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The Pros and Cons of Lady Bird Deeds

By Robert C. Anderson, Elder Law Firm of Anderson Associates, P.C.

A "lady bird deed", also known as a "transfer on death (TOD) deed", is a transfer to grantees wherein the grantor retains an "enhanced life estate", including the power to sell without the consent of the named grantees (or remaindermen).

The term lady bird deed comes from unsubstantiated lore that President Johnson once used this type of deed to convey land to his wife, Lady Bird. While most of the states which recognize lady bird deeds do so pursuant to statute, Michigan recognizes them pursuant to Standard 9.3 of the Michigan Land Title Standards.

The lady bird deed offers these advantages: a simple and inexpensive method to avoid probate; the grantor can maintain complete control of the property; the grantees receive a stepped-up tax basis upon the grantor's death; and certain Medicaid advantages for the homestead.

The lady bird deed has disadvantages which are significant, especially for elder clients. First, upon death of the grantor, his or her life estate expires, causing the freeze on the taxable assessment to be uncapped. If the property's state equalized value (SEV) is higher than the taxable value, the deed grantees will be stuck with higher property taxes. In contrast, the Michigan Supreme Court in March, 2011 held that joint survivorship property does not trigger an uncapping event when the original owner dies.

Second, for nonhomestead property, the grantor's retained unrestricted control and possession of a life estate in a lady bird deed can have disastrous consequences. The countable value of such land will be 100% and Medicaid's 60-month look-back never starts running.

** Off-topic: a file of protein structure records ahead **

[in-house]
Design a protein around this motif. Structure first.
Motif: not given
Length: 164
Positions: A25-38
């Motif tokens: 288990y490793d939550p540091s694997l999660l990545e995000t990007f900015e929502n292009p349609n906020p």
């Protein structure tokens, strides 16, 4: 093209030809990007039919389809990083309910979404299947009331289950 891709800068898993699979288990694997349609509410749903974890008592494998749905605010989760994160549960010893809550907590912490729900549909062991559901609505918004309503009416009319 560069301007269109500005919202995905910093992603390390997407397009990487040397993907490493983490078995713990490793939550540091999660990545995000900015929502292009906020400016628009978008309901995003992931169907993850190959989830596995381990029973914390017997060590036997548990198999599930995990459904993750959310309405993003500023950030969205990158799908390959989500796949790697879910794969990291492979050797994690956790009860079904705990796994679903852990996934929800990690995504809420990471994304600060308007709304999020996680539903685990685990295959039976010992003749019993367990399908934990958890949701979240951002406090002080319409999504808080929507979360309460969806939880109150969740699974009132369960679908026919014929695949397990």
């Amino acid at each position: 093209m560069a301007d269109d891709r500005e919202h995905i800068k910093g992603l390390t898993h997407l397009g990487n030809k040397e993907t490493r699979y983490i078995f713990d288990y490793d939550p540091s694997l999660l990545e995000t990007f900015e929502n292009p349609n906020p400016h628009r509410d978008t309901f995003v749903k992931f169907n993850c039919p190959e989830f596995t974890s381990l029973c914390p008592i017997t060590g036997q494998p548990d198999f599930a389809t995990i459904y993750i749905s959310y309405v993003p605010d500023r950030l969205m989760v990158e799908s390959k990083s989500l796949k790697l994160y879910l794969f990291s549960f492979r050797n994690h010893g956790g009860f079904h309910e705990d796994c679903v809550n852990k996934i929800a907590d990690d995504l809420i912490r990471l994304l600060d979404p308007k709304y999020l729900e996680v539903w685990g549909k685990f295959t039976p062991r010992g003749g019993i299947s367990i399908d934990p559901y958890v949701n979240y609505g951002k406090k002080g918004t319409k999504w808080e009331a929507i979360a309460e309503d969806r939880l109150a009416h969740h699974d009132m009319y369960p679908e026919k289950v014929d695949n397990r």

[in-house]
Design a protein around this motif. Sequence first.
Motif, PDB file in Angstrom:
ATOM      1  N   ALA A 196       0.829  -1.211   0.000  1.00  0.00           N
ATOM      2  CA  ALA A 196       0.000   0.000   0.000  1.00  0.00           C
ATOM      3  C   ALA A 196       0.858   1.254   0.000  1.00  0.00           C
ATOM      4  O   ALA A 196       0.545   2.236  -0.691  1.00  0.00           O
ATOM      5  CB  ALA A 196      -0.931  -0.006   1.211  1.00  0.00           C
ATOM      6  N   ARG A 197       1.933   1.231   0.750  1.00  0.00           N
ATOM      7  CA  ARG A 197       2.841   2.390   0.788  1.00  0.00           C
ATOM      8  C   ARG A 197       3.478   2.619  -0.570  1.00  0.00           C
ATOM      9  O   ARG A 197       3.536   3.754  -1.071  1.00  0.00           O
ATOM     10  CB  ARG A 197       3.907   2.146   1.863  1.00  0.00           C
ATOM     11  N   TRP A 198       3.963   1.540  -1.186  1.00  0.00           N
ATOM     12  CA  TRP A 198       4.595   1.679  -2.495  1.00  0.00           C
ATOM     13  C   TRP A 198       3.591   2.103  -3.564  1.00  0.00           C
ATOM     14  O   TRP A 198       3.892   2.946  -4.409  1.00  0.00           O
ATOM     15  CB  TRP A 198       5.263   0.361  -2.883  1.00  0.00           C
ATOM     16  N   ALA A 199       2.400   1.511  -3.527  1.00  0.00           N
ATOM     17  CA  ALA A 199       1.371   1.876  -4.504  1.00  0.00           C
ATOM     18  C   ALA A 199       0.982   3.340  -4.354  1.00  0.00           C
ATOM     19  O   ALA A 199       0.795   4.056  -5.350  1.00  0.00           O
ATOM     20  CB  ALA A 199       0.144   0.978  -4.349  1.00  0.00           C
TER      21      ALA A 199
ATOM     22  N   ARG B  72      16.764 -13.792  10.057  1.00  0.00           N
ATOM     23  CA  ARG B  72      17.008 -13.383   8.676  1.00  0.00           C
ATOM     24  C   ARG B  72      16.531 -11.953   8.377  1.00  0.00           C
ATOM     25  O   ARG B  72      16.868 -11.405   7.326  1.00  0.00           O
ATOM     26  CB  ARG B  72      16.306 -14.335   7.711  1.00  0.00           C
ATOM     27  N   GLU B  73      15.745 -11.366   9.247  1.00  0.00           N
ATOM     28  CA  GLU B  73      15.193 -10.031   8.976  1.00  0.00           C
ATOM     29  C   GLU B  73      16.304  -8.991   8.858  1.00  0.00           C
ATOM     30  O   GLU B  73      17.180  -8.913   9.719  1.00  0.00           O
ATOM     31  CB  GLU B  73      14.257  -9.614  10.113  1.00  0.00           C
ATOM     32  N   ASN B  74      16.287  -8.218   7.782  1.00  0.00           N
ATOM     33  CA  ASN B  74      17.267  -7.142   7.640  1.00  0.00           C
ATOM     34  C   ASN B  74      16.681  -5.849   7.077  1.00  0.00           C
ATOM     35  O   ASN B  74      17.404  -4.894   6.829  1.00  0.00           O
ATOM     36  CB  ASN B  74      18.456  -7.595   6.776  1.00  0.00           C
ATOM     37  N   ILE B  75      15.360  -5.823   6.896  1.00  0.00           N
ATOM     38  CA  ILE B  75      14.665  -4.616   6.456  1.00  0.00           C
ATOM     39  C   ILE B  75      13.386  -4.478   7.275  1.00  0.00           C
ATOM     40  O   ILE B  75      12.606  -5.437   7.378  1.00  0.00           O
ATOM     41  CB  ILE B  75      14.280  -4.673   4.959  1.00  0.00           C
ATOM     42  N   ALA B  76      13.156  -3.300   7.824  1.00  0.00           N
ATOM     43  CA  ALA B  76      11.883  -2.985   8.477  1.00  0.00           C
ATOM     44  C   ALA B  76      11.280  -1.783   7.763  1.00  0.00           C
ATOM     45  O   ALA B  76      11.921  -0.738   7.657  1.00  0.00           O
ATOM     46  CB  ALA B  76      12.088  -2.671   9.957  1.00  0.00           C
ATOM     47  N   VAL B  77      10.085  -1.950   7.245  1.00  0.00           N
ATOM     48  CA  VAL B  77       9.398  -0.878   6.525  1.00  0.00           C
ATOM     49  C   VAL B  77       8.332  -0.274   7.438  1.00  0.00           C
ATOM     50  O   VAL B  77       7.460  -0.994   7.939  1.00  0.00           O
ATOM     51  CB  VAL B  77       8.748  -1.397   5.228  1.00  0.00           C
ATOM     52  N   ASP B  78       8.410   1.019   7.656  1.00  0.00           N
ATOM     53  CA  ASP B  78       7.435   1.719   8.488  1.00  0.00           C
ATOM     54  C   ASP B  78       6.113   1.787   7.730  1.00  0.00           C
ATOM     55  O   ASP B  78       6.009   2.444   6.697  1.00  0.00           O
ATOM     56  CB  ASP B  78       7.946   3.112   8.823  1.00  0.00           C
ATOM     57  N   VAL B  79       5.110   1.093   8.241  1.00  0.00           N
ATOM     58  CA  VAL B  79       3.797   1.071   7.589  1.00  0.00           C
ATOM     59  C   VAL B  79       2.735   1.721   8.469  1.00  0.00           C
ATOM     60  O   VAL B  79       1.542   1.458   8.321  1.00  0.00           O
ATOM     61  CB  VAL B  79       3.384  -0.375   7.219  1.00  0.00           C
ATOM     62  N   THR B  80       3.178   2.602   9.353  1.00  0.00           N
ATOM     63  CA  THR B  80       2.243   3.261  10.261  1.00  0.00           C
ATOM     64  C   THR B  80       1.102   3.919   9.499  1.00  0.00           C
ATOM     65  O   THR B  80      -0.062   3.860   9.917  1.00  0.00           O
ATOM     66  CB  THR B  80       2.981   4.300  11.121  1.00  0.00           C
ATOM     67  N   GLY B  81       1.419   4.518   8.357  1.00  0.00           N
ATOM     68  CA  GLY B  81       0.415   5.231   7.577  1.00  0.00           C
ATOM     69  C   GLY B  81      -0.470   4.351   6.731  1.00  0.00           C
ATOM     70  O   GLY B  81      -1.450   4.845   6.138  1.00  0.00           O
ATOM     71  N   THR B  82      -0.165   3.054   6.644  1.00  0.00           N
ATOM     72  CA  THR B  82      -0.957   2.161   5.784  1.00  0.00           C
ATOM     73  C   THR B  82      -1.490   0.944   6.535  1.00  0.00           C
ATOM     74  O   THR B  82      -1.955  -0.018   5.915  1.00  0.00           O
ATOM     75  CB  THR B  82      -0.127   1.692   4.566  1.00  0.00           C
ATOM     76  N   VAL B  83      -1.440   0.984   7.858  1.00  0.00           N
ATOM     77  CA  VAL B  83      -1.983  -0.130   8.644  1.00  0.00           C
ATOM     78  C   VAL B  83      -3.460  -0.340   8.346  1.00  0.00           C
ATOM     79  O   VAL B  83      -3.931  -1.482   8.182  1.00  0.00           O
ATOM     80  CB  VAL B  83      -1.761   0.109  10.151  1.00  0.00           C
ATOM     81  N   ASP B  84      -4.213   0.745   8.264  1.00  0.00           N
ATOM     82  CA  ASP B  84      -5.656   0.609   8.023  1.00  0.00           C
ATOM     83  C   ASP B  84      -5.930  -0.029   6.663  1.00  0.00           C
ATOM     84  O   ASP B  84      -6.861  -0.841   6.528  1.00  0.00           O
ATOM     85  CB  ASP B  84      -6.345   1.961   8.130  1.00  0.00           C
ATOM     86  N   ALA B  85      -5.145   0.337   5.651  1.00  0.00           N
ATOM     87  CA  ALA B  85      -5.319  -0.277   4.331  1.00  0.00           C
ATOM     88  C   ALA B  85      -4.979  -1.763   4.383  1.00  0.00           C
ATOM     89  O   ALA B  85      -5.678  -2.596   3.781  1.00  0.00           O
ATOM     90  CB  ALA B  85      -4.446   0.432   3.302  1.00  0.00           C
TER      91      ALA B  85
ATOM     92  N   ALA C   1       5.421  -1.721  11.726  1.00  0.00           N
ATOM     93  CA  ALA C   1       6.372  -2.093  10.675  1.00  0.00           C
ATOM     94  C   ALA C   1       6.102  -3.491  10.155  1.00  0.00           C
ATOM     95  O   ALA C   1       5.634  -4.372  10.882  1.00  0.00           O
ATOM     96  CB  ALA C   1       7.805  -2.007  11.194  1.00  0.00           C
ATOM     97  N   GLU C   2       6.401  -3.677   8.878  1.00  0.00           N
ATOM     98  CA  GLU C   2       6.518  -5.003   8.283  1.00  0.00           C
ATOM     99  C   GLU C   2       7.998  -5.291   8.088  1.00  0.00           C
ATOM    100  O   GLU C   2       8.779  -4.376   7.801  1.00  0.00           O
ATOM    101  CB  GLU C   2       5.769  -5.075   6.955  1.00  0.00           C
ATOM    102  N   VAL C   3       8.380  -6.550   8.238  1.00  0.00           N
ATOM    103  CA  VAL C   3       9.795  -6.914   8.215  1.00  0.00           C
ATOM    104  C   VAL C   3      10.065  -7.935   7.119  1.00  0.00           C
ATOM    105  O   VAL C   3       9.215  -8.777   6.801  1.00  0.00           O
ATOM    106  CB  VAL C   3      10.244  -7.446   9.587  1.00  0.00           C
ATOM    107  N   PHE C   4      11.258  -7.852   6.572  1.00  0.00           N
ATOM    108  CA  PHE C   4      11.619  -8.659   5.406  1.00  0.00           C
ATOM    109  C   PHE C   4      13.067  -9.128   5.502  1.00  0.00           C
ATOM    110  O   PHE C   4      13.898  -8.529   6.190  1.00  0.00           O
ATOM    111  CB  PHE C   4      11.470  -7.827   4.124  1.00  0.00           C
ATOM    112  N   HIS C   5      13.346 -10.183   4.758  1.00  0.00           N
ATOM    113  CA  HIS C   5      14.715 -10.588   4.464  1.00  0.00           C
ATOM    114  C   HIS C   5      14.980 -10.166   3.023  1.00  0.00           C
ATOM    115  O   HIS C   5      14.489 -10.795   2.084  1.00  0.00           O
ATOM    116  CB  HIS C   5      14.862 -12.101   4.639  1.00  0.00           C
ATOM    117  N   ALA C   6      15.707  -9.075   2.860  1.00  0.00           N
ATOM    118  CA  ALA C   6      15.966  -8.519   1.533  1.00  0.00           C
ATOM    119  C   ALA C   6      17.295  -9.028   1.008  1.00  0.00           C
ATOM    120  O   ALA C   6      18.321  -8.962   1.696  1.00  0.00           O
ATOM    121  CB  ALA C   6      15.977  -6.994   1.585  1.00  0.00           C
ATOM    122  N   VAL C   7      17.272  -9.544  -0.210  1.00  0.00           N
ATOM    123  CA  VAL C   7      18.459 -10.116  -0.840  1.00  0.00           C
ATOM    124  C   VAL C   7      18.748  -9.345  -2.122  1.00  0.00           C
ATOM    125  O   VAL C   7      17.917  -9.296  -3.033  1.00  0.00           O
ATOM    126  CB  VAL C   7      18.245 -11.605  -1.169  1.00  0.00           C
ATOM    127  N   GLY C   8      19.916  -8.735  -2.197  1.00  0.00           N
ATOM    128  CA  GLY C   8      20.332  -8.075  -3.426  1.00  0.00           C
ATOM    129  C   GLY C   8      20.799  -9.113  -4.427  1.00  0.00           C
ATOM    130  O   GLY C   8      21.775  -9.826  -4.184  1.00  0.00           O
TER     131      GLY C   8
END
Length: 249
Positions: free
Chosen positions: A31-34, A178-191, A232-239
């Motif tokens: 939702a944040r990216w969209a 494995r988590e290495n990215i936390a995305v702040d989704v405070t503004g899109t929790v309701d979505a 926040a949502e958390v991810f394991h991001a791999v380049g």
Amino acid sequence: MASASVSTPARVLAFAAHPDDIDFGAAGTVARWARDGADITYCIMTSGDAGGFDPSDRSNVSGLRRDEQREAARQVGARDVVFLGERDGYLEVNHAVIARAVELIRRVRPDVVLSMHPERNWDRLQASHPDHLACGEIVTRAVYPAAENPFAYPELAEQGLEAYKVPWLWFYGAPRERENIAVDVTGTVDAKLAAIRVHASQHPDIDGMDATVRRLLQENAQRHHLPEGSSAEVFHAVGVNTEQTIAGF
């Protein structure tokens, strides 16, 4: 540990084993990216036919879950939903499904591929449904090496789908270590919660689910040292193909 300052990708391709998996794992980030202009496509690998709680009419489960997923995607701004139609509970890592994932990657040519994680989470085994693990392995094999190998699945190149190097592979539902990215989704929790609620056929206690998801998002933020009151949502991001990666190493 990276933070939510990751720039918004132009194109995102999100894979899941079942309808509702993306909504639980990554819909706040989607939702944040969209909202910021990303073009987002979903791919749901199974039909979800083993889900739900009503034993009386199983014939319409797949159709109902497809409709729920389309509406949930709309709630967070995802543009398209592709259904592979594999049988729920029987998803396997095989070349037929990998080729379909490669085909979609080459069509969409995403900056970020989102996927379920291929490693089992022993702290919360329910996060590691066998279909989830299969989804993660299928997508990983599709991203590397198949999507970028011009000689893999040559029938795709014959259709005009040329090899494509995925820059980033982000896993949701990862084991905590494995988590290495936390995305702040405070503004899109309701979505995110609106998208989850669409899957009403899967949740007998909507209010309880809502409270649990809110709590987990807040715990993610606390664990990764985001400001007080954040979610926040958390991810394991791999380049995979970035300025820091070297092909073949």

As for the homestead, lady bird deeds work well under current Medicaid law. As a result of the grantor's retained control and life estate, a divestment penalty should not be imposed and Medicaid's homestead exemption will be captured. Also, a lady bird deed's probate avoidance advantage avoids Michigan's probate-only version of Estate Recovery adopted on July 1, 2011. However, this will not be the case if Michigan adopts an expanded form of Estate Recovery which attaches to life estates. The Michigan legislature is considering such a proposal.

Before deciding on the use of a lady bird deed, clients need to consider its potential property tax and Medicaid consequences.

 
Monday, 09 June 2014

Recent Michigan Tax Tribunal Decision

 

The Michigan Tax Tribunal's decision on December 18, 2013 in Anderson v Chocolay Twp resolved several thorny uncapping issues and, in doing so, opened the door for Michigan land owners to engage in estate planning without the fear of uncapping the subject property's taxable assessment.

... Read more...
Monday, 09 June 2014

Protecting Michigan Cottages and Camps From Medicaid Spend Down and Tax Increases

 

For 30 years our Firm has advised clients on the best ways to title cottages, camps and other non-homestead property.  In those 30 years, the laws that... Read more...

Monday, 09 June 2014

New Uncapping Exemption for Certain Family Members

 

PA 497 of 2012 creates a new uncapping exemption for deeds signed on and after December 31, 2013.  Unfortunately, planning opportunities will be more limited that was hoped.

To read the full article, click on the TITLE above.

 
Monday, 09 June 2014

Lion Cub Deed Approved by Tax Tribunal: A Great Taxpayer Victory for Michigan Homeowner

 

On December 18, 2013, Lion Cub Deeds were approved by the Michigan Tax Tribunal in Anderson v. Chocolay Township as a technique to avoid uncapping the taxable values on real property taxes.... Read more...

Monday, 09 June 2014

How to Use Jimmo to Advocate for Extension of Medicare Benefits

 

On Jan. 24, 2013, the Federal District Court approved the settlement reached in the class action lawsuit Jimmo v. Sebelius,... Read more...